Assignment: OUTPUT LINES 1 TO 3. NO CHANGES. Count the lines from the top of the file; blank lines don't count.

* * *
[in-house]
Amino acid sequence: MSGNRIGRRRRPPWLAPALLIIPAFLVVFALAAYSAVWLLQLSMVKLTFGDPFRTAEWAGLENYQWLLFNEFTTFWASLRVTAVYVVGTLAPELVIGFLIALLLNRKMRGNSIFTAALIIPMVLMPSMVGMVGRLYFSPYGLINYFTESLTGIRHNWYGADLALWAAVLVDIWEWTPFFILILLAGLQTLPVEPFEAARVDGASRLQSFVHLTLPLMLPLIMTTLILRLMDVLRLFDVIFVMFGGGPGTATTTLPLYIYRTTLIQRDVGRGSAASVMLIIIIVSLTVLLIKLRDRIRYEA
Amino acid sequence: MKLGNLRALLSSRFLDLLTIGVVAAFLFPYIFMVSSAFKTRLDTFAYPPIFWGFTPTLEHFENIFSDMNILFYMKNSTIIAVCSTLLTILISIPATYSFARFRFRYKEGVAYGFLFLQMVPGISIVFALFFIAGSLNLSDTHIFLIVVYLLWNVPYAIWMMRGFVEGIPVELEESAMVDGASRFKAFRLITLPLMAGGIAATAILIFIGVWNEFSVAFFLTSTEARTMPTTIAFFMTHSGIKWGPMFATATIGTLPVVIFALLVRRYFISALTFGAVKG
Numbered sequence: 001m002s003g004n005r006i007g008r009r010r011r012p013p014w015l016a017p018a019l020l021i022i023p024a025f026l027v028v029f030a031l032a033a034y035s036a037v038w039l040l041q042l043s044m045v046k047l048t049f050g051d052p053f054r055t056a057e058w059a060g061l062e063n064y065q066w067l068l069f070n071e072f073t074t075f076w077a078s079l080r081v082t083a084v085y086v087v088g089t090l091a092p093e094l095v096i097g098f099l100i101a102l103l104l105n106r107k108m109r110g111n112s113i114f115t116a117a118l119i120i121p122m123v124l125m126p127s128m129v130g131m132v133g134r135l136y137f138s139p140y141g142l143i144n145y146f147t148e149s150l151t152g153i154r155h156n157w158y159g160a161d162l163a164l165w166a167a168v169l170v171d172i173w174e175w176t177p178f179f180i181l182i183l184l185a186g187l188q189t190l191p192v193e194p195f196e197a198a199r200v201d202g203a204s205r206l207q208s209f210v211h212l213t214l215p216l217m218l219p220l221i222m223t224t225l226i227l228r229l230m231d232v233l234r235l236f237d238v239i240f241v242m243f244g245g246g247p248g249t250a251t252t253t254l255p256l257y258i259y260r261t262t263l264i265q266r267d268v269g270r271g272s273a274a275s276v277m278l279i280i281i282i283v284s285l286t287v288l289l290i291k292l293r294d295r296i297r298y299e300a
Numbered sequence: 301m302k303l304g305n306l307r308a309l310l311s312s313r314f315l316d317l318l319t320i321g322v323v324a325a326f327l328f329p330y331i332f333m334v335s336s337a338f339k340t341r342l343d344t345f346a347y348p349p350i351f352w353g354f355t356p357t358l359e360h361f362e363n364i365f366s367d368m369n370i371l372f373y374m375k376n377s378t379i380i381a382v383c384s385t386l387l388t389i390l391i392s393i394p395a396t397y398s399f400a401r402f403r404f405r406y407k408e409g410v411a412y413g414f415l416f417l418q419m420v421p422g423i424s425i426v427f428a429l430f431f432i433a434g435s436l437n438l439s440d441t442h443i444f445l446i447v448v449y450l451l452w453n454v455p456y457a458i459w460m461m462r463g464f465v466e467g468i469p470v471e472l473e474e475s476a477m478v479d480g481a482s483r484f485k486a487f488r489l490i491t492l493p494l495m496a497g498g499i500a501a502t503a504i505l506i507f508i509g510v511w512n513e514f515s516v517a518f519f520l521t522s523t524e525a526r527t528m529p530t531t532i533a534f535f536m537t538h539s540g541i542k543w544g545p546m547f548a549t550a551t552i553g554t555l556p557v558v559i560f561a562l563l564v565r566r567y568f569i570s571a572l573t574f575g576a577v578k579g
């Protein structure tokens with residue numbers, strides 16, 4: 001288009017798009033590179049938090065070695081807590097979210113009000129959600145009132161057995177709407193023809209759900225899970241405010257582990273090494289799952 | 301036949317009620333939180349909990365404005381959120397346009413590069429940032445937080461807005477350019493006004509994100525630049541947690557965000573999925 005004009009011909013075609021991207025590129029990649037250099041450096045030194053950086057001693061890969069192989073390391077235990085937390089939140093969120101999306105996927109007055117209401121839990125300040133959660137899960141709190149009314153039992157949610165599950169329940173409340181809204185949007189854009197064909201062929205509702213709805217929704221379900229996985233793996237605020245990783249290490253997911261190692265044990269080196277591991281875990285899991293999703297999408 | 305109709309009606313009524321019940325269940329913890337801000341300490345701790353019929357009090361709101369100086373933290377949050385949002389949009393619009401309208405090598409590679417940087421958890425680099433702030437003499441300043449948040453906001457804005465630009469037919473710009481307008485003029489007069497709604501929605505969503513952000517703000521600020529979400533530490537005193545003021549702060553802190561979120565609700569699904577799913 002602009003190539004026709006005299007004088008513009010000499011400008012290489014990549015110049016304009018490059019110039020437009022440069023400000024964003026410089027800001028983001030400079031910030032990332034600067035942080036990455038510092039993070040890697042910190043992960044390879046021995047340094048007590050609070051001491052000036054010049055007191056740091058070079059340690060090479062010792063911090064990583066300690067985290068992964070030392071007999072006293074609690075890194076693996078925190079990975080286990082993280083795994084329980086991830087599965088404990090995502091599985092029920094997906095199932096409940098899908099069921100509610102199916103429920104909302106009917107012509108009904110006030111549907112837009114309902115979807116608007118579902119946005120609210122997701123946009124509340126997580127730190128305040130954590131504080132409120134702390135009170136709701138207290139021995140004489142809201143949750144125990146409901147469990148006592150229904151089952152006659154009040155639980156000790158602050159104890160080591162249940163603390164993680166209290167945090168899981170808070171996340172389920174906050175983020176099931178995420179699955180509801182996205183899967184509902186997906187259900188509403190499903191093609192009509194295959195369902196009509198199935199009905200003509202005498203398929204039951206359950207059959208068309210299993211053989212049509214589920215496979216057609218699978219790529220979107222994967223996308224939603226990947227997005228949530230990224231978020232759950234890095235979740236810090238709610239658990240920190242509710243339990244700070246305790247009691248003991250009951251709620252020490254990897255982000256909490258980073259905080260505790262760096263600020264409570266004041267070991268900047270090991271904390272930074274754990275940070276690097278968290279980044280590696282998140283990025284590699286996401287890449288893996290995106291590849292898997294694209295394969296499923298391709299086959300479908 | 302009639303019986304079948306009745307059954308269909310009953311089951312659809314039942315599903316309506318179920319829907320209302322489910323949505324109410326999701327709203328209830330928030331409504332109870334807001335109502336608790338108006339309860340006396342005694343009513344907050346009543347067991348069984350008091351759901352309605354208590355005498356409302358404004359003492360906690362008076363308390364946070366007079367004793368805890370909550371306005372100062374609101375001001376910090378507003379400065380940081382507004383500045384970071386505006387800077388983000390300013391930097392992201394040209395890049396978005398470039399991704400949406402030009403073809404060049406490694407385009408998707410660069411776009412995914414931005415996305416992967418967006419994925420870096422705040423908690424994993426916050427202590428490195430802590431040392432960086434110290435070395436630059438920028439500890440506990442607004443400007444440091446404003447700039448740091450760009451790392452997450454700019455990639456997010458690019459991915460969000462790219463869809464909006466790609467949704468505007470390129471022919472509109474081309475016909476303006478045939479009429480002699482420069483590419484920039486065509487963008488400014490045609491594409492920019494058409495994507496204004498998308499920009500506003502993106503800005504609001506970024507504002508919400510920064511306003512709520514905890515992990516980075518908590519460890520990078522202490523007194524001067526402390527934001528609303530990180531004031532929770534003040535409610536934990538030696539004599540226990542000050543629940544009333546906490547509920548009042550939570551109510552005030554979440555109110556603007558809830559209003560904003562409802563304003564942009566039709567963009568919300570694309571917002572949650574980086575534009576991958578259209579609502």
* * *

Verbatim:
[in-house]
Amino acid sequence: MSGNRIGRRRRPPWLAPALLIIPAFLVVFALAAYSAVWLLQLSMVKLTFGDPFRTAEWAGLENYQWLLFNEFTTFWASLRVTAVYVVGTLAPELVIGFLIALLLNRKMRGNSIFTAALIIPMVLMPSMVGMVGRLYFSPYGLINYFTESLTGIRHNWYGADLALWAAVLVDIWEWTPFFILILLAGLQTLPVEPFEAARVDGASRLQSFVHLTLPLMLPLIMTTLILRLMDVLRLFDVIFVMFGGGPGTATTTLPLYIYRTTLIQRDVGRGSAASVMLIIIIVSLTVLLIKLRDRIRYEA
Amino acid sequence: MKLGNLRALLSSRFLDLLTIGVVAAFLFPYIFMVSSAFKTRLDTFAYPPIFWGFTPTLEHFENIFSDMNILFYMKNSTIIAVCSTLLTILISIPATYSFARFRFRYKEGVAYGFLFLQMVPGISIVFALFFIAGSLNLSDTHIFLIVVYLLWNVPYAIWMMRGFVEGIPVELEESAMVDGASRFKAFRLITLPLMAGGIAATAILIFIGVWNEFSVAFFLTSTEARTMPTTIAFFMTHSGIKWGPMFATATIGTLPVVIFALLVRRYFISALTFGAVKG